1. Plagiarism, e.g. the submission of work that is not one’s own or for which other credit has been obtained.
  2. Improper collaboration in group work.
  3. Copying or using unauthorized aids in tests and examinations.

Email correspondence policy

It is the policy of the Faculty of Humanities that all email communication sent from students to instructors (including TAs), and from students to staff, must originate from each student’s own McMaster University email account. This policy protects confidentiality and confirms the identity of the student.  Instructors will delete emails that do not originate from a McMaster email account.

Modification of course outlines

The University reserves the right to change dates and/or deadlines etc. for any or all courses in the case of an emergency situation or labour disruption or civil unrest/disobedience, etc. If a modification becomes necessary, reasonable notice and communication with the students will be given with an explanation and the opportunity to comment on changes. Any significant changes should be made in consultation with the Department Chair.

McMaster Student Absence Form (MSAF)

In the event of an absence for medical or other reasons, students should review and follow the Academic Regulation in the Undergraduate Calendar Requests for Relief for Missed Academic Term Work. Please note these regulations have changed beginning Fall 2015. You can find information at If you have any questions about the MSAF, please contact your Associate Dean's office.

Academic Accommodation of Students with Disabilities

Students who require academic accommodation must contact Student Accessibility Services (SAS) to make arrangements with a Program Coordinator. Academic accommodations must be arranged for each term of study. Student Accessibility Services can be contacted by phone 905-525-9140 ext. 28652 or e-mail For further information, consult McMaster University's Policy for Academic Accommodation of Students with Disabilities.

Academic Accommodation for Religious, Indigenous and Spiritual Observances

Students requiring academic accommodation based on religion and spiritual observances should follow the procedures set out in the Course Calendar or by their respective Faculty. In most cases, the student should contact his or her professor or academic advisor as soon as possible to arrange accommodations for classes, assignments, tests and examinations that might be affected by a religious holiday or spiritual observance.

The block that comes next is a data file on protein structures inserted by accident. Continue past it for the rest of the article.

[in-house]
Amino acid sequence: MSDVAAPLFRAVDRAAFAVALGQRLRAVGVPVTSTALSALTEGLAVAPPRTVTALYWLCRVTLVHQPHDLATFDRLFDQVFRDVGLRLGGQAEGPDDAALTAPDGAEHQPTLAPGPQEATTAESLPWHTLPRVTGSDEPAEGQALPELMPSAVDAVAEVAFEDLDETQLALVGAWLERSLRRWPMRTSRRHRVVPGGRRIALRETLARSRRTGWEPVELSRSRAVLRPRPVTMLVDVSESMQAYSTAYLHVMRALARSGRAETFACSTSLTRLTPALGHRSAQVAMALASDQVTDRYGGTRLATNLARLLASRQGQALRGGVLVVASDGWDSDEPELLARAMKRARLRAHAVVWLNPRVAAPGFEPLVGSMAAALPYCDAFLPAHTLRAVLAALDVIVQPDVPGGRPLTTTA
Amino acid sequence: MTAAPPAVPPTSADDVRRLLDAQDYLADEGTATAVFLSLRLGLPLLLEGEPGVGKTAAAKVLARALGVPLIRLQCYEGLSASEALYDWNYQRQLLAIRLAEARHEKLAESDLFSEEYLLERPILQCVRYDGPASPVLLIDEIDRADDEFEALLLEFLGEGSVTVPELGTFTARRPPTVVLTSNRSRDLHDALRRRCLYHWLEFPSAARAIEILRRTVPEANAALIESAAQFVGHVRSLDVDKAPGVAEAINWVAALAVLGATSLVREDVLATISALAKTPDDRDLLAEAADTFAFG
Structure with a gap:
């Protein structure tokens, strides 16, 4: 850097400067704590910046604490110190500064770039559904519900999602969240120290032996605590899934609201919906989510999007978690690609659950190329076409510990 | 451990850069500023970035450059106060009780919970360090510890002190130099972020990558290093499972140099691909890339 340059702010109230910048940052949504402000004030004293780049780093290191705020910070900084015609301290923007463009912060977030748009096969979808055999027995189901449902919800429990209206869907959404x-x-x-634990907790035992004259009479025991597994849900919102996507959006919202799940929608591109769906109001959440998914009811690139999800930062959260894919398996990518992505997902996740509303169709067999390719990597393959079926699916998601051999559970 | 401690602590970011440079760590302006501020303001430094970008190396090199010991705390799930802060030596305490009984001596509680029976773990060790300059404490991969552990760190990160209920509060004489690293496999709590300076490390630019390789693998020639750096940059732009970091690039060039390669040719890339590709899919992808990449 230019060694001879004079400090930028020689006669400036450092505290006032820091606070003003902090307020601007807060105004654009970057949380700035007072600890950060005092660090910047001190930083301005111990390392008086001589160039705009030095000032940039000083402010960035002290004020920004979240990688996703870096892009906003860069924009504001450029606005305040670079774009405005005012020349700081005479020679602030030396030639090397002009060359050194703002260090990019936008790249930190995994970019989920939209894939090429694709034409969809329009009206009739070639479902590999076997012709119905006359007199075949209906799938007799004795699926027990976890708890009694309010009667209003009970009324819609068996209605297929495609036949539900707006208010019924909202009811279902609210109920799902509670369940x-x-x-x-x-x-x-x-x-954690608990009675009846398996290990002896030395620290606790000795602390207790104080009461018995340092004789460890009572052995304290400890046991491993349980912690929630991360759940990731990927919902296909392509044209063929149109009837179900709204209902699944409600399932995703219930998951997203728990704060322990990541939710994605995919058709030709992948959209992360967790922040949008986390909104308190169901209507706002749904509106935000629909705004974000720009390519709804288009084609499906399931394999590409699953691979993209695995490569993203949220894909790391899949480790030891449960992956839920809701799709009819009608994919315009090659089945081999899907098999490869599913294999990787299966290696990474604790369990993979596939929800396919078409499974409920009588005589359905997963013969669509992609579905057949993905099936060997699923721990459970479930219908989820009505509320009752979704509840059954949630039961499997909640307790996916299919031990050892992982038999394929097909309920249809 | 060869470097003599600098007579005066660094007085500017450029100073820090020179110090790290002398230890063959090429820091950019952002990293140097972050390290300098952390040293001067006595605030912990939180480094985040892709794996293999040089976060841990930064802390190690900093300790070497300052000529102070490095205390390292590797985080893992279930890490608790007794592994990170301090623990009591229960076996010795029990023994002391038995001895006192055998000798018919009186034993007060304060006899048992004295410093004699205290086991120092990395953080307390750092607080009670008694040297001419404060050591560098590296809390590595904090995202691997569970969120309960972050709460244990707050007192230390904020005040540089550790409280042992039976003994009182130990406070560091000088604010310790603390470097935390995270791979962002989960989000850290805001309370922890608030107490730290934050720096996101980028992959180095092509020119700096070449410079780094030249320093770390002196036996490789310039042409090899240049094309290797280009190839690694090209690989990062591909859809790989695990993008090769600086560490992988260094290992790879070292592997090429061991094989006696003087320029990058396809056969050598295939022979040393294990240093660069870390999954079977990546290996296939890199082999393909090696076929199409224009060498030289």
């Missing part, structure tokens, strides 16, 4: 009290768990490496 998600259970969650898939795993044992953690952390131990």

Topics and Readings:

The instructor and university reserve the right to modify elements of the course during the term.  The university may change the dates and deadlines for any or all courses in extreme circumstances.  If either type of modification becomes necessary, reasonable notice and communication with the students will be given with explanation and the opportunity to comment on changes.  It is the responsibility of the student to check their McMaster email and course websites weekly during the term and to note any changes.





Sept. 8 & 10

Introduction to the Legal System

Digital Media Law, Chapter 1: “Introduction to the Legal System”, pp. 1-20.


Sept. 15 & 17

Analyzing Communication Policy

Kernaghan, Kenneth and David Siegel. Public Administration in Canada. Fourth edition. Toronto: ITP Nelson, 1999.

  • pp. 29-39: “Bureaucracy and the State”

Kernaghan, Kenneth and Savid Siegel. Public Administration in Canada. Fourth edition. Toronto: ITP Nelson, 1999.

  • pp. 129-145: excerpt from “Making Public Policy”

Fundamentals of Legal Research


Sept 22 & 24

Freedom of Expression and Freedom of the Press

Digital Media Law, Chapter 2: “Freedom of Expression”, pp. 21-46.


Sept. 29 & Oct. 1

Telecommunications Regulation

Nuechterlein, Jonathan E. and Philip J. Weiser. “The Big Picture.” Chapter 1 in Digital Crossroads: American Telecommunications Policy in the Internet Age. 2nd ed. Cambridge, MA: MIT Press, 2013. Available at


Oct. 6 & 8

Broadcasting Regulation

Digital Media Law, Chapter 3: “Telecommunications Regulation”, pp. 47-74.


Oct. 13 & 15



Oct. 20 & 22


Digital Media Law, Chapter 11: “Sex and Violence”, pp. 303-332.



Oct. 27 & 29

Regulation of New Media

Canada. Canadian Radio-Television and Telecommunications Commission. Broadcasting Regulatory Policy CRTC 2009-329.


Nov. 3 & 5

Regulation of the Internet

Digital Media Law, Chapter 4: “Internet Regulation”, pp. 75-102.


Nov. 10 & 12

Libel and Slander

Digital Media Law, Chapter 9: “Defamation”, pp. 227-256.


Nov. 17 & 19

Privacy and Lawful Access

Digital Media Law, Chapter 10: “Invasion of Privacy”, pp. 257-302.


Nov. 24 & 26

Access to Information

Digital Media Law, Chapter 6: “Information Gathering”, pp. 127-160


Dec. 1 & 3

Intellectual Property

Digital Media Law, Chapter 8: “Intellectual Property: Patents, Trademarks, and Trade Secrets”, pp. 199-226.


Digital Media Law, Chapter 7: “Intellectual Property: Copyright”, pp. 161-198


Dec. 8


Other Course Information:

Online Component

In this course we will be using Avenue to Learn ( Students should be aware that, when they access the electronic components of this course, private information such as first and last names, user names for the McMaster e-mail accounts, and program affiliation may become apparent to all other students in the same course. The available information is dependent on the technology used. Continuation in this course will be deemed consent to this disclosure. If you have any questions or concerns about such disclosure please discuss this with the course instructor.

Accommodations for Students with Disabilities

If you require special accommodation for learning or have any special needs please let me know of them as soon as possible in order that arrangements can be made. Students with disabilities are encouraged to register with the Centre for Student Development at